The Anthropology of Finance Policy: Institutional investors and fiduciary duties as organizing principles
2012 (English)Conference paper, Abstract (Refereed)
Institutions manage the economic assets on behalf of others and are more frequently doing so within a framework of “active ownership” - a space where financial actors must consider issues other than the strictly economic ones.
While the anthropology of finance is developing a considerable body of literature, the same cannot be said for an anthropology of finance policy. The latter field is in its infancy, yet so many issues of finance policy could usefully be addressed by anthropologists. This Roundtable is intended to begin a discussion on finance from the perspective of the anthropology of policy—and all that this entails in terms of focus, object of study, ethics, method, and the importance of close ethnographic research of policy processes in the financial sector.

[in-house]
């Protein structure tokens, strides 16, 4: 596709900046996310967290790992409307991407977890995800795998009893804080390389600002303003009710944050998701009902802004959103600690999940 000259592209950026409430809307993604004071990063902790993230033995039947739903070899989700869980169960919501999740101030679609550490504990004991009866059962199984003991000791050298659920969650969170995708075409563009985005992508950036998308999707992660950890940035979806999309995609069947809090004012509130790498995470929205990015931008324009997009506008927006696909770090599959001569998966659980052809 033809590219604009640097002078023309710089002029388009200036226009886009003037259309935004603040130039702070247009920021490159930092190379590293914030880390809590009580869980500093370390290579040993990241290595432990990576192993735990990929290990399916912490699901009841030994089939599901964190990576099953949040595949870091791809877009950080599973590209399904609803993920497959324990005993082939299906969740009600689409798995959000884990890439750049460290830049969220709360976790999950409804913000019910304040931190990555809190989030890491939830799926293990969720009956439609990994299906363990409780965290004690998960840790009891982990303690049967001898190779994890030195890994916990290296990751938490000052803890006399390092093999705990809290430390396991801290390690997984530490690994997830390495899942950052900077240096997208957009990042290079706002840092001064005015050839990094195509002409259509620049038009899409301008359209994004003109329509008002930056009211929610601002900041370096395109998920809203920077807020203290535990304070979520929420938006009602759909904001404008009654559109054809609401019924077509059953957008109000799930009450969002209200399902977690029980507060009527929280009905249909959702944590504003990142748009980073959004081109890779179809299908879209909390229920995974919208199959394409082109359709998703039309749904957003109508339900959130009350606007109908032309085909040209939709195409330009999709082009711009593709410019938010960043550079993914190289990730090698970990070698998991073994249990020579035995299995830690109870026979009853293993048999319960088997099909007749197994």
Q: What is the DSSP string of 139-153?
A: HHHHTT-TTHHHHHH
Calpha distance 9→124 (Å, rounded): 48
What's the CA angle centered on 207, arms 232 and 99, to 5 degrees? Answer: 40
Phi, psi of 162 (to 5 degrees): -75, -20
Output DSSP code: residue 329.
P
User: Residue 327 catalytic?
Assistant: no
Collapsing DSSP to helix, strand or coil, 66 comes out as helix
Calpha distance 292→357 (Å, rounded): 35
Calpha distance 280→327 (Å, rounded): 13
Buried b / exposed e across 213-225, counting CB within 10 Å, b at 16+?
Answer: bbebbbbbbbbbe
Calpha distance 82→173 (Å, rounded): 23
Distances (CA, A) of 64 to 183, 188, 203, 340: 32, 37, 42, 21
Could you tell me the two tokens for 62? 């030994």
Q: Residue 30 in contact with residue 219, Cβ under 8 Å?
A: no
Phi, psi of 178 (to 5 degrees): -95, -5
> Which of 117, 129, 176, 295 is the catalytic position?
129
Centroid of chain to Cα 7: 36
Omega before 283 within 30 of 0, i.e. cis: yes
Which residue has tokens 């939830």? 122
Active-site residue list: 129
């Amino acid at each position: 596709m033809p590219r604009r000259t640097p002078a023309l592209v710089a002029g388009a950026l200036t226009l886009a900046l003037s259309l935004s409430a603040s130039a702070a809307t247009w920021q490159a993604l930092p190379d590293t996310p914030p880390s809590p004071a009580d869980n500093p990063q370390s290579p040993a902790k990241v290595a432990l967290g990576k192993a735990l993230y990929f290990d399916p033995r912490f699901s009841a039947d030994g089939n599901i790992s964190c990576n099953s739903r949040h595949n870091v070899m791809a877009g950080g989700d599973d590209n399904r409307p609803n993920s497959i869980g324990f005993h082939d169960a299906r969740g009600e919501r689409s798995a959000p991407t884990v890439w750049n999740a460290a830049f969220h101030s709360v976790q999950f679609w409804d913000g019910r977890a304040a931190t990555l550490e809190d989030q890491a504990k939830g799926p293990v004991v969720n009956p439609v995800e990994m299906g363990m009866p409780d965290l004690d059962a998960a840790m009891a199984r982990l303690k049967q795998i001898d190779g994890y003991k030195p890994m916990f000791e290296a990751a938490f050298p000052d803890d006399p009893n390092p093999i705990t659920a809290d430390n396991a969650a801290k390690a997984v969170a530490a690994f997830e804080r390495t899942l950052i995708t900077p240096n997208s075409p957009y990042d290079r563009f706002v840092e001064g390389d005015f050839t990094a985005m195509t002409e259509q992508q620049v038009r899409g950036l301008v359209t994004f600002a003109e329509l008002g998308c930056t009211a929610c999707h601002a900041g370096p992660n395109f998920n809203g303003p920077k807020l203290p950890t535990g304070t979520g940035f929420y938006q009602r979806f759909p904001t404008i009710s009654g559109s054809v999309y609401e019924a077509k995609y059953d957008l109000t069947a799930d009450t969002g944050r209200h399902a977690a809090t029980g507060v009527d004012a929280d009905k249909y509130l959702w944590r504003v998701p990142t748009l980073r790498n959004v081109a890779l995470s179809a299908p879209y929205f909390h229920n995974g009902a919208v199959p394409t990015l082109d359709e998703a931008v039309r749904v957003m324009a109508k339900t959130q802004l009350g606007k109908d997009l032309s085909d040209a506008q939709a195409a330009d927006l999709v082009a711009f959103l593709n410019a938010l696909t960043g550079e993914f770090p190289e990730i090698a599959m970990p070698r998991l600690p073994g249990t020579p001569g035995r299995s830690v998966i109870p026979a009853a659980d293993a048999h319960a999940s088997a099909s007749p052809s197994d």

The Roundtable will address such questions as these: What do policies do in the world of finance? What policies exist? For and by whom do they exist, and how are they shaped? If policies are “organizing principles” what do the policies of the financial sector organize?
Place, publisher, year, edition, pages
anthropology of policy, financial policy
Other Social Sciences
Research subject Social Anthropology
IdentifiersURN: urn:nbn:se:su:diva-94660OAI: oai:DiVA.org:su-94660DiVA: diva2:654765
American Anthropological Association